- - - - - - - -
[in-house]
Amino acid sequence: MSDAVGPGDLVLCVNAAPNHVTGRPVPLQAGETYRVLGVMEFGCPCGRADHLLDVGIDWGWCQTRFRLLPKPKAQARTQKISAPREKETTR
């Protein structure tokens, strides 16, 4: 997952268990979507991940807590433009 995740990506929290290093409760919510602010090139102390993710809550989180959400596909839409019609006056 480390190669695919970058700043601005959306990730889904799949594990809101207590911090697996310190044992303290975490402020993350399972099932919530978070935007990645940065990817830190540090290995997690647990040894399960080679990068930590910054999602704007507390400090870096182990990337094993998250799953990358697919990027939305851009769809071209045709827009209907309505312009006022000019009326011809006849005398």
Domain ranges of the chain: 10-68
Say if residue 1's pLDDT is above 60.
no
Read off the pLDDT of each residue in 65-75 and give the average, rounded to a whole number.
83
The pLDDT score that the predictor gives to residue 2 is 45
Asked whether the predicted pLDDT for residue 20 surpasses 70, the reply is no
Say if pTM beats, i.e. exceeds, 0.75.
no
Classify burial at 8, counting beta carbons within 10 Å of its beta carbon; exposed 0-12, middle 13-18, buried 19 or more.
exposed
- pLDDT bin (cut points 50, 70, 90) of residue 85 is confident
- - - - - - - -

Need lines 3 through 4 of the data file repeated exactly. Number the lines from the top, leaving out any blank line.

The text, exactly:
């Protein structure tokens, strides 16, 4: 997952268990979507991940807590433009 995740990506929290290093409760919510602010090139102390993710809550989180959400596909839409019609006056 480390190669695919970058700043601005959306990730889904799949594990809101207590911090697996310190044992303290975490402020993350399972099932919530978070935007990645940065990817830190540090290995997690647990040894399960080679990068930590910054999602704007507390400090870096182990990337094993998250799953990358697919990027939305851009769809071209045709827009209907309505312009006022000019009326011809006849005398």
Domain ranges of the chain: 10-68